Maybe you could throw some light on this! As to your paranoia about Franz and me; all I can say is that I do
not know the person but have seen some of his posts on the newsgroup other
than that there is no connection. I think we need an explaination from you
before deciding whether to have you commited or not!


Others have commented as well. I have posted headers from both of you
which clearly indicate that Franz is your sockpuppet (or the other way
around). And the only response has been, "you're wrong". I think that
people can decide for themselves.

What has the number of roses Franz grows got to do with anything?
You could ask how many I grow perhaps, there would be a little sense in that.


I did comment on how many roses you might claim to grow, actually.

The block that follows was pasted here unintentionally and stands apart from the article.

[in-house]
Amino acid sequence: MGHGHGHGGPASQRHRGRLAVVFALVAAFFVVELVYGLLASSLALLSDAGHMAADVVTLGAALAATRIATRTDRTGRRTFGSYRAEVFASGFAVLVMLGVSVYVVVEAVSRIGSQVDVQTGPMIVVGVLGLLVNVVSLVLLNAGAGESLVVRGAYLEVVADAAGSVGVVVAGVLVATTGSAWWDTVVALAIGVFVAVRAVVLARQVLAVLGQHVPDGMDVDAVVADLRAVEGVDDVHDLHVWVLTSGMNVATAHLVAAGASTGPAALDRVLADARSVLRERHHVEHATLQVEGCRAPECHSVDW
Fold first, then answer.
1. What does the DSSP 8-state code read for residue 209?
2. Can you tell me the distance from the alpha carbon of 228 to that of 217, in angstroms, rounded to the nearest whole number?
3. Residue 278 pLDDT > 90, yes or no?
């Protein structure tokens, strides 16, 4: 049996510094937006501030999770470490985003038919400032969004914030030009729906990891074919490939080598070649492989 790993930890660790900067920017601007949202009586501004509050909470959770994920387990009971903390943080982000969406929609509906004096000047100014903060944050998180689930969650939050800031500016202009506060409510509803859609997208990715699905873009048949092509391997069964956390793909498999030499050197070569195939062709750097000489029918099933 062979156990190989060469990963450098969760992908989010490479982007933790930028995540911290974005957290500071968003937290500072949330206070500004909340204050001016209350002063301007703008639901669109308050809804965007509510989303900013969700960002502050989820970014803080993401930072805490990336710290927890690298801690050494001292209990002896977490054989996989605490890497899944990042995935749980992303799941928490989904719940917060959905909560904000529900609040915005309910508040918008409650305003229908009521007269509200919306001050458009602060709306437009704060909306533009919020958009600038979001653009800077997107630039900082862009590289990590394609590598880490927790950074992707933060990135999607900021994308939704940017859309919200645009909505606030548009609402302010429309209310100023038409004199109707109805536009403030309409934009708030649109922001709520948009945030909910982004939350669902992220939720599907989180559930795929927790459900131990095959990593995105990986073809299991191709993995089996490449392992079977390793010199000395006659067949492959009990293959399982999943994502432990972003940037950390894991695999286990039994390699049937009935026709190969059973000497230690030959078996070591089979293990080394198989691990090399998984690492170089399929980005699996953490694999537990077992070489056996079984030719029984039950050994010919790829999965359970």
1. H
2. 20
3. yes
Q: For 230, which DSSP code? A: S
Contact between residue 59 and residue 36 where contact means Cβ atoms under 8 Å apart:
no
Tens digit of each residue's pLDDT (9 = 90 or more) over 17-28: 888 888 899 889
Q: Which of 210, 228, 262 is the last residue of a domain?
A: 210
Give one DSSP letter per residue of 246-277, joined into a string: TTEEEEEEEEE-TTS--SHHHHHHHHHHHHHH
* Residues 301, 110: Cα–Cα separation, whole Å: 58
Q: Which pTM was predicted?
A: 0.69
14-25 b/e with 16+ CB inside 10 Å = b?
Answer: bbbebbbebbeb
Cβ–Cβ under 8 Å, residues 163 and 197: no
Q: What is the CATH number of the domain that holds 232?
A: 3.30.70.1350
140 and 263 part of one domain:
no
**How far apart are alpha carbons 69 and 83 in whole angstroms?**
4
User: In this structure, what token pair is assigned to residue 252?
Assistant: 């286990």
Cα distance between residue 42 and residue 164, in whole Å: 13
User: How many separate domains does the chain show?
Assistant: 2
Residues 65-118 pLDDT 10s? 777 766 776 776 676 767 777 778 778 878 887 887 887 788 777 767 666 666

chuckle


Regards

Martin Double



  #9   Report Post  
Old 24-08-2004, 09:13 PM
Franz Heymann
 
Posts: n/a
Default


"dave weil" wrote in message
...
On Tue, 24 Aug 2004 07:14:34 +0000 (UTC), in rec.gardens.roses you
wrote:


Perhaps you should read my first response again, you have it wrong.


Ahem, here is your "first response", in its entirety (with the
advertising disabled):
------------------
You will find an article on pruning on the Be*se web site at:-
http://home.btco.com/cadoss/bexrose


Regards

Martin Double
Bexrose - Webmaster
------------------
Now, how is what I said wrong? The article on pruning *wasn't* the

one
about the method that I was asking about.

BTW, you never said whether you actually grow roses yourself. Have

you
ever opposite of the business end of a pair of shears? Either you or
Franz can answer if you'd like. But if Franz answers, we'll have our
answer, I suppose, because I'll bet that he claims to have 2,000

roses
and prunes the Queen's garden in Windsor.


You are, as you invariably are, quite wrong.
I live about 300 miles from Windsor.
I have approximately 2 dozen roses.
I prune them all very lightly, as I don't see why I should, on a